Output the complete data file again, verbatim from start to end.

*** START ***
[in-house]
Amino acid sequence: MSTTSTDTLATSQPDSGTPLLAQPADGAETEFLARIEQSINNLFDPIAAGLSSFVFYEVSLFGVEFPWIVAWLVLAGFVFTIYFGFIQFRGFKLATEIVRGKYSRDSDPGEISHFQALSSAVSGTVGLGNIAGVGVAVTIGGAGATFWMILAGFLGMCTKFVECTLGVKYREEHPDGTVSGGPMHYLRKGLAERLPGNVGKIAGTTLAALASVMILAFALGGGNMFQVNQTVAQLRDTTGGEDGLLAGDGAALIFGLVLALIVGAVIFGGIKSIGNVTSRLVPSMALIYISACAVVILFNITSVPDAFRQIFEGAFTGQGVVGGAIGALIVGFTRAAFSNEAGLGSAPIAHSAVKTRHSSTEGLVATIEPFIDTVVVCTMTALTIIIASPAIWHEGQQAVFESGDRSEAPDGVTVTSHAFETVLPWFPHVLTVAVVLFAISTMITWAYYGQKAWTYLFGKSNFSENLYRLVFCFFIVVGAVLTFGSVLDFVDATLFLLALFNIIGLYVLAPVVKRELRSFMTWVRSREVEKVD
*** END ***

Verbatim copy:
[in-house]
Amino acid sequence: MSTTSTDTLATSQPDSGTPLLAQPADGAETEFLARIEQSINNLFDPIAAGLSSFVFYEVSLFGVEFPWIVAWLVLAGFVFTIYFGFIQFRGFKLATEIVRGKYSRDSDPGEISHFQALSSAVSGTVGLGNIAGVGVAVTIGGAGATFWMILAGFLGMCTKFVECTLGVKYREEHPDGTVSGGPMHYLRKGLAERLPGNVGKIAGTTLAALASVMILAFALGGGNMFQVNQTVAQLRDTTGGEDGLLAGDGAALIFGLVLALIVGAVIFGGIKSIGNVTSRLVPSMALIYISACAVVILFNITSVPDAFRQIFEGAFTGQGVVGGAIGALIVGFTRAAFSNEAGLGSAPIAHSAVKTRHSSTEGLVATIEPFIDTVVVCTMTALTIIIASPAIWHEGQQAVFESGDRSEAPDGVTVTSHAFETVLPWFPHVLTVAVVLFAISTMITWAYYGQKAWTYLFGKSNFSENLYRLVFCFFIVVGAVLTFGSVLDFVDATLFLLALFNIIGLYVLAPVVKRELRSFMTWVRSREVEKVD